¶4 In his first assignment of error, appellant contends the trial court committed fundamental error by failing to deliver an instruction concerning his theory of defense. Appellant claimed that he had found the antiques at the dump, had no reason to believe that they were stolen, and therefore, had no intent to withhold them from their true owner.

¶5 We first note that appellant neither objected to the trial court's instructions nor requested any instructions of his own. In such circumstances, this Court has consistently held that a conviction will not be reversed unless the record demonstrates that the failure to instruct has deprived the defendant of a substantial right. Wolf v. State, 375 P.2d 283, 287 (Okl.Cr. 1962). See also 20 O.S. 1981 § 3000.1 [20-3000.1].

¶6 In this case, the appellant was given the opportunity to present evidence regarding his defense; he was not restricted in his argument to the jury; and all of the trial court's instructions correctly stated the law. In addition, the instructions specifically informed the jury that the State had the burden to prove beyond a reasonable doubt that the appellant knew or reasonably should have known that the property was stolen and that he intended to permanently deprive the owner of possession. Since the jury was fully apprised of the appellant's claim, and since the trial court's instructions contained the substance of the appellant's defense, we find that the failure to issue a special instruction sua sponte did not deprive the appellant of a fundamental right.



¶7 In his second assignment of error, appellant first contends that the trial court committed reversible error by issuing an instruction on flight. Appellant argues that there was insufficient evidence to justify an instruction, and that his alleged flight from the officers at the shopping mall was too remote to be connected to the earlier sale of the stolen antiques.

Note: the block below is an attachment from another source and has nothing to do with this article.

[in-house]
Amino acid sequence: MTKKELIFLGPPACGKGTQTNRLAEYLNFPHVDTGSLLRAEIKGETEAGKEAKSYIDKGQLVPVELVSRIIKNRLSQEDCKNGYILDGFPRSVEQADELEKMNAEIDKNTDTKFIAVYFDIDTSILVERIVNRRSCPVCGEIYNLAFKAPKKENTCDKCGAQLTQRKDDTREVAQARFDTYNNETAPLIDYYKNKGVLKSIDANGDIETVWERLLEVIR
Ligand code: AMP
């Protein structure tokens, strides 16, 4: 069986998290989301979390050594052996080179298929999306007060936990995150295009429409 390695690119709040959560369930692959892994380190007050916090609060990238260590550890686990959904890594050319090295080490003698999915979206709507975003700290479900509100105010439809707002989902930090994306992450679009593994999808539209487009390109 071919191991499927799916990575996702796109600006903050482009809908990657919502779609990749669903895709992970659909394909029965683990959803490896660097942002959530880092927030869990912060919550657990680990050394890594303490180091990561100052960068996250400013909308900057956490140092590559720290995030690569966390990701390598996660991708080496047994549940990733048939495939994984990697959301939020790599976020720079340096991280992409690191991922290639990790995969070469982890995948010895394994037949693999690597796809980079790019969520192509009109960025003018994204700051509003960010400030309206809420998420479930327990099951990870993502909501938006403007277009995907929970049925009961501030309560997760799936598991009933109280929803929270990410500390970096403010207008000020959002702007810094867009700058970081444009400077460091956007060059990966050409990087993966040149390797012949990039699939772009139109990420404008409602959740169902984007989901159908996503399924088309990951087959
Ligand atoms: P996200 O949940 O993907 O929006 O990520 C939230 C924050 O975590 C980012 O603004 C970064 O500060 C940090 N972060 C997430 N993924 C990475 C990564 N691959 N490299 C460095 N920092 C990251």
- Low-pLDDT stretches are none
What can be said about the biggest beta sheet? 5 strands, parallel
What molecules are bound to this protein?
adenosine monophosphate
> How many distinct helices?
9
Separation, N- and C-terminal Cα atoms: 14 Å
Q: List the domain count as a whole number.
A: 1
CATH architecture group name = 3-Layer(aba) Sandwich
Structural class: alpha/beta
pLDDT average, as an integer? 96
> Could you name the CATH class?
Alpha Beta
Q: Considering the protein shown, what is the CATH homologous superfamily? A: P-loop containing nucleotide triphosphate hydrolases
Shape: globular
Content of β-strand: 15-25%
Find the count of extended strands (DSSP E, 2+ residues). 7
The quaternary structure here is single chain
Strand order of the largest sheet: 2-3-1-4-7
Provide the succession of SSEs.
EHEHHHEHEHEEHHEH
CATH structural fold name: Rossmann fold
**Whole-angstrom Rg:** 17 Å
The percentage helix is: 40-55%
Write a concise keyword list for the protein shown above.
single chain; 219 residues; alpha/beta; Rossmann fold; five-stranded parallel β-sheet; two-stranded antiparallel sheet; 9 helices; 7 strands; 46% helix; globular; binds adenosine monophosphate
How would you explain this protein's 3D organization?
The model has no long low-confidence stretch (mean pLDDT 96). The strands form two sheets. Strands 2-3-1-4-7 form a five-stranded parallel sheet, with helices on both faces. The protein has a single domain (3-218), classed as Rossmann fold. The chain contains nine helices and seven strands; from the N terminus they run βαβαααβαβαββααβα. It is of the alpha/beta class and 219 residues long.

¶8 The record reveals, however, that two experienced police officers were of the opinion that the appellant was attempting to elude them, and in fact, did elude them temporarily. The appellant's conduct in the mall could be interpreted as an attempt to avoid arrest. Accordingly, there was sufficient evidence to submit the issue to the jury. Farrar v. State, 505 P.2d 1355 (Okl.Cr. 1973); Wills v. State, 636 P.2d 372 (Okl.Cr. 1981).

¶9 As to the question of the connection to the original sale, we note that the appellant was not charged with selling the antiques; he was charged with concealing stolen property. Concealing stolen property is a continuing offense. Therefore, we hold that when an accused who is charged with concealing stolen property sells some of the stolen goods, later returns to the place of sale to conduct another transaction, and then takes evasive action to avoid an arrest in connection with the concealment, an instruction on flight is not error.